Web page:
renditions of the mass and the passion, Christian sacred music
has evolved over the last two millennia, paralleling the
development of music itself and often heralding it.
In this presentation, we will visit monasteries and churches and
listen to monks and minstrels, royal orchestras and modern
ensembles via audio-visual resources. Particular structural
features, the texts, the composers, the historical epochs and
social context in which it was composed will be explored, to
gain a greater understanding and appreciation of this great
monday 8th march
2 to 3.30 pm "The Feminine in the Mystic" by Vidya Shah
workshop aims to encourage a greater understanding about the
human dimensions of the Bhakti and Sufi texts that have promoted
peace and encouraged diversity, in the entire sub-continent.
Although there has been academic work done on South Asian
medieval poetry, there is a need to bring in new discussion and
interactions into mainstream audiences on the significance of
this poetry given the rising interest in this genre. Also in a
lot of the medieval mystic poetry there is the ‘female’
perspective – of love and beauty; desire and longing; nature and
harmony in reaching out. Values, which are considered distinctly
‘female’, can be heard in medieval mystic poetry. If these are
‘human’ values, then we need to work more concertedly towards
To examine values of pluralism, diversity and the feminine that
is embedded in Sufi and Bhakti traditions in India
This interactive workshop with practical illustrations and
discussions through musical compositions and poetry of Khusrao,
Wali, Guru Nanak, Kabir and others will discuss one simple
reality of the Indian subcontinent: that the language of the
‘sacred’ is very feminine and this reality has existed in the
Indian psyche for centuries.
Vidya Shah is a well-known musician who sings, composes and
writes on Indian music. After her initial training in Carnatic
music Vidya Shah moved to the North Indian Khayal Gayaki and
trained with Smt. Shubha Mudgal. She is presently training with
Smt. Shanti Hiranand in Thumri, Dadra and Ghazal. Under the
guidance of her Gurus, she has gained a rich repertoire of Sufi
and Bhakti Music.
A versatile composer, Vidya has a rich repertoire, made richer
by the resonances of her voice. She has performed at various
National and International forums like the Humboldt Forum in
Germany, The India Festival of Arts, Singapore, Asia Society in
New York, The India Festival in Trinidad and Tobago, Women's
Initiative for Peace in South Asia (WIPSA) and A Tribute to
Vidya conducts workshops and writes regularly on Indian music.
She is writing on North Indian Art Music for an Anthology of
Indian tradition. She is on the advisory board of the South Asia
Foundation and contributes to its cultural committee.
As Director-Programs for the Centre for media and Alternative
Communication (www.cmaconline.org) she is currently working on a
project titled “Women On Record” in a tribute to women
performers in the 78 -RPM era from the early 20th Century India.
The project includes a series of ongoing concerts, radio
programs, exhibitions and seminars among other events.
tuesday 9th march
4 to 5.30 pm "The Ritual Performing Arts of Tulunadu" An
illustrated presentation on Bhuta ritual performance by Balan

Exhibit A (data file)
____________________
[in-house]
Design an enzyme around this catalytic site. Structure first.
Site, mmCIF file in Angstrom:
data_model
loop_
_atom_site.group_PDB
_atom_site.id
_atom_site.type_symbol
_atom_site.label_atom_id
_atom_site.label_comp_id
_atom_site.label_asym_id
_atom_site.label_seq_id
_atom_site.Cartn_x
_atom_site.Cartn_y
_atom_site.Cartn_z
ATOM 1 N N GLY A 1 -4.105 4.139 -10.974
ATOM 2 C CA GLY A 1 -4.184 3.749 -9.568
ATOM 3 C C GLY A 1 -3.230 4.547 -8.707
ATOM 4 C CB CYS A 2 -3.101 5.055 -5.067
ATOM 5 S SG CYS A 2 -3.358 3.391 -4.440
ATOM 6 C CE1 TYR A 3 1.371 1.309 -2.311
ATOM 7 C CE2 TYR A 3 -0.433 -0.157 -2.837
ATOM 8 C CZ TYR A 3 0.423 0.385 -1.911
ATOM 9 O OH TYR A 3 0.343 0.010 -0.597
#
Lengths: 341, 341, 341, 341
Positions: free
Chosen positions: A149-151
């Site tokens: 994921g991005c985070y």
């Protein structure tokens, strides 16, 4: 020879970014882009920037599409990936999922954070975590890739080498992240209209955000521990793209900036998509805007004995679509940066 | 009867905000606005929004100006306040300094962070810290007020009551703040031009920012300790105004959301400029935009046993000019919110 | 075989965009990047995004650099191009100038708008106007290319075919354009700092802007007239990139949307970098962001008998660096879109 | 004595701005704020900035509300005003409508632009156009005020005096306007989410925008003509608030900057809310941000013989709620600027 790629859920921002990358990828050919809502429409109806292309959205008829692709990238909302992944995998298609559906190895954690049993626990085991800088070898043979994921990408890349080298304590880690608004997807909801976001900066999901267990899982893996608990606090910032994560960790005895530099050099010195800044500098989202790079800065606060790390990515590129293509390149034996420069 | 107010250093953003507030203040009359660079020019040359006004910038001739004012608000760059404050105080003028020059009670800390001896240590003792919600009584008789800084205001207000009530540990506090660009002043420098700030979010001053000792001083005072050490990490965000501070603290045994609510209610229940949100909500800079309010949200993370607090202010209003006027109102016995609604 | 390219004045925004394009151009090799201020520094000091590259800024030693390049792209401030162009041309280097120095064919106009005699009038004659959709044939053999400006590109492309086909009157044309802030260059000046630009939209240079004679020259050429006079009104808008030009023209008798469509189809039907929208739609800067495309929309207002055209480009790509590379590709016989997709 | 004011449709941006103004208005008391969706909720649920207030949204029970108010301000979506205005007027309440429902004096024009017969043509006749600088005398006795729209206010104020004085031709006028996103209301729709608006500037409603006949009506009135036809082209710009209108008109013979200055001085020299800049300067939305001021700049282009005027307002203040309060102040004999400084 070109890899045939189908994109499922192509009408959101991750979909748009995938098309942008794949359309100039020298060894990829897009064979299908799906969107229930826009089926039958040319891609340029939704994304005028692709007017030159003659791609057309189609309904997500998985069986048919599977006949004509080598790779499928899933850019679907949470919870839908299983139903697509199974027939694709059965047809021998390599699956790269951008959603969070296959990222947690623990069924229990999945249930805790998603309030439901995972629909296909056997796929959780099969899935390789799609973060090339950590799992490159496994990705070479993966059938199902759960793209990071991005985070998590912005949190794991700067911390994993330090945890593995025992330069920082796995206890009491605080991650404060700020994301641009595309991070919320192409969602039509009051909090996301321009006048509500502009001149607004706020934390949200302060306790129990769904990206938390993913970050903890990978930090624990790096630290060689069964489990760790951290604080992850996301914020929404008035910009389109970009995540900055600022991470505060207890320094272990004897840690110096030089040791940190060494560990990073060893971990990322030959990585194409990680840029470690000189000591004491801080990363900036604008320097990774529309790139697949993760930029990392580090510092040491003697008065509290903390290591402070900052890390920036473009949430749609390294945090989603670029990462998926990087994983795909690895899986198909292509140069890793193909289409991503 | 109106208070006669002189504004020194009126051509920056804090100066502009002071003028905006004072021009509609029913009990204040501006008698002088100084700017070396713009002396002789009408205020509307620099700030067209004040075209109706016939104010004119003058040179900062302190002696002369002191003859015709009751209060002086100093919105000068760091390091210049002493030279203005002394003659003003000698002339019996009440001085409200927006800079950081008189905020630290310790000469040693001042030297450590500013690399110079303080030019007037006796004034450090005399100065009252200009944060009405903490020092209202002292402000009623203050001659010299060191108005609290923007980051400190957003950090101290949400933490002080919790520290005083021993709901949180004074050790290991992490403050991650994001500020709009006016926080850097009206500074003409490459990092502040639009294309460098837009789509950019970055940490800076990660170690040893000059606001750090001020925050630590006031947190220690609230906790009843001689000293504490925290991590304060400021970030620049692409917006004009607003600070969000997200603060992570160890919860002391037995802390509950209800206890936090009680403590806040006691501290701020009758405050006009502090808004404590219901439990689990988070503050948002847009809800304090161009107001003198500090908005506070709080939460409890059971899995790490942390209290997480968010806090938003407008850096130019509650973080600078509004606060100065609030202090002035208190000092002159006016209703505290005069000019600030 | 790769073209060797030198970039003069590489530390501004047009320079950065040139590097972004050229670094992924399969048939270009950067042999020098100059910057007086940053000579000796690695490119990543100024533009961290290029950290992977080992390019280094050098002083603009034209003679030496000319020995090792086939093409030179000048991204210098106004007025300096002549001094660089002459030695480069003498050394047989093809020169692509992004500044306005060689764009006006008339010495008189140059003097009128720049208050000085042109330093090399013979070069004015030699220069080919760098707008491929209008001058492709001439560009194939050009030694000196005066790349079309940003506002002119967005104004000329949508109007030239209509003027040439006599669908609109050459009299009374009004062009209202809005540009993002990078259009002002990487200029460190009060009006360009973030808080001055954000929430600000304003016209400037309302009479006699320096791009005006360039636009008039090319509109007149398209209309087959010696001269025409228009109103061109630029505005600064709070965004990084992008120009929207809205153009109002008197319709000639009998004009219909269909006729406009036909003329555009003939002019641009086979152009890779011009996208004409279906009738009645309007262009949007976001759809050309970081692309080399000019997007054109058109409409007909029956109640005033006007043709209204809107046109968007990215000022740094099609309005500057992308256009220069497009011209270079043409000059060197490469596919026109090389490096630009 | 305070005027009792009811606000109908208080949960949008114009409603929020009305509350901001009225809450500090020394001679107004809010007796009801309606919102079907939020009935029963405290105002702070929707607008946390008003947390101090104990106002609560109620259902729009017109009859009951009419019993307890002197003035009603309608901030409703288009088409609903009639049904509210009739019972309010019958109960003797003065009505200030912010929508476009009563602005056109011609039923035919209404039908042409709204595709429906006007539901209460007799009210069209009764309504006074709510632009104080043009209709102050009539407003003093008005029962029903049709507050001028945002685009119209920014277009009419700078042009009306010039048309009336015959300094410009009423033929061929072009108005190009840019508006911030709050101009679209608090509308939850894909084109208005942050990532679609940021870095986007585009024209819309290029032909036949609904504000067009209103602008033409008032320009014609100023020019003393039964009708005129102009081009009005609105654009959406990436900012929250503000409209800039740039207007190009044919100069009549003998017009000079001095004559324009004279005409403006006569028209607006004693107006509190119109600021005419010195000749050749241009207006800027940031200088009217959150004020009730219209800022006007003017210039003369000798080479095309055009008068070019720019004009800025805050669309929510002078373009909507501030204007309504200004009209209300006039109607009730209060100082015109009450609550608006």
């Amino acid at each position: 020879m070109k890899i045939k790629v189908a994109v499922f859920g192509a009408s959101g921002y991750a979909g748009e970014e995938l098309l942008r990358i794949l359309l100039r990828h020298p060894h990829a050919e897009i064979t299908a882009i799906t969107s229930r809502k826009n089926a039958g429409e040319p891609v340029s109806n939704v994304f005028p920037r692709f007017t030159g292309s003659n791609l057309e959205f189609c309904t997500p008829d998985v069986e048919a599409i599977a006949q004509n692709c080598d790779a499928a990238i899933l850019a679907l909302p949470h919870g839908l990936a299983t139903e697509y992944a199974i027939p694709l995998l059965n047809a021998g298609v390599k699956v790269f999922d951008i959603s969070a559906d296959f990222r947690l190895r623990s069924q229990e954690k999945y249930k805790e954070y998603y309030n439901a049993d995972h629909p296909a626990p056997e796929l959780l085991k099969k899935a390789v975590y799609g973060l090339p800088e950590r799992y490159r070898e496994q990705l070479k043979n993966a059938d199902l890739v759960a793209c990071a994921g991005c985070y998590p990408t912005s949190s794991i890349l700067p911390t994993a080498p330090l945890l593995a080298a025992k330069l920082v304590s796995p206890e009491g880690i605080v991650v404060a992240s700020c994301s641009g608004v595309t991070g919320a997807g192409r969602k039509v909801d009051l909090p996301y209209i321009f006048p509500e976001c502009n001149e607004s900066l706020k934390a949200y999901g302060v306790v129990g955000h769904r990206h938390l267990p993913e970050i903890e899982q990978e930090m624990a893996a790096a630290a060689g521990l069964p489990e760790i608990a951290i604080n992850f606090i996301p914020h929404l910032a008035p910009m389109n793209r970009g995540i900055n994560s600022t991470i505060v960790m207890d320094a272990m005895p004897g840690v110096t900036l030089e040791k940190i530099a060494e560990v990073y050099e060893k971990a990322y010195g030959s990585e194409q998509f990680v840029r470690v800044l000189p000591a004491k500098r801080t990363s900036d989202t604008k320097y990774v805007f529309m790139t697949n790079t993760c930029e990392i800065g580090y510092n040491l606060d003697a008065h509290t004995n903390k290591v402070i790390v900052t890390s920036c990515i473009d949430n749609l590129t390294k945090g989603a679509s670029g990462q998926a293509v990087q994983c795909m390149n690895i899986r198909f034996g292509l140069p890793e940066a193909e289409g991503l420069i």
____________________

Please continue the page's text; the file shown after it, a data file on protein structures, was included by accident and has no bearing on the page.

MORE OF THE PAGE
Performing arts of Tulunad.” An illustrated presentation on
Bhuta ritual performance by Balan Nambiar
Tulunadu, the region of Kasargode district of Kerala and
Mangalore and Udupi districts of Karnataka, in the West Coast of
South India, is a treasure house for culture. Occultism, sorcery
and vedic rituals are practiced in this region where almost 2
million people speak Tulu as their mother tongue. The culture of
this region comprises Bhuta rituals, Kamble and Yakshagana apart
from the festivals in Brahmin
Kamble is the popular buffalo race and Yakshagana is a unique
semi classical dance drama. Bhuta is a form of spirit worship
and the ritual is the periodic propitiation of a divine spirit.
Bhutas are worshipped by every section of the society from the
lowest caste group to the Brahmins. There are over 500 Bhutas
out of which nearly 60 of them are still performed in the
village shrines by communities of Bunts and Billavas. Every
caste and clan groups own Bhutastanas (abode of Bhutas.)
performers of the Bhutas belong to the economically lower strata
of the society who have learned the ritual performances from
their ancestors through practice and oral tradition. At the
shrine, they dress up in elaborate colourful costumes, invoke
the divinity and assume the roles of Bhutas. Then in a
trance-like state they gain a higher level of status and bestow
benedictions and blessings to the people including the upper
caste groups. Bhuta performers are experts in craftsmanship,
choreography, singing, dancing and acting apart from having
occult and mystic powers.
Balan Nambiar is a painter, sculptor, enamellist, photographer
and a research scholar. He has a Diploma in Fine Arts
(Sculpture) from Government College of Arts & Crafts, Chennai.
He has an Academy Fellowship from the Kerala Lalitha Kala
Academy, Nehru Fellowship, Jawaharlal Nehru Memorial Fund, New
Delhi, a Senior Fellowship, Ministry of Education, Govt. of
India and State and national awards from the Lalit Kala Akademi.
During the last ten years he has been doing sculptures in
stainless steel and some of his monumental works are
commissioned by banks, corporate houses and various institutions
around the country and abroad. Five museums in India have his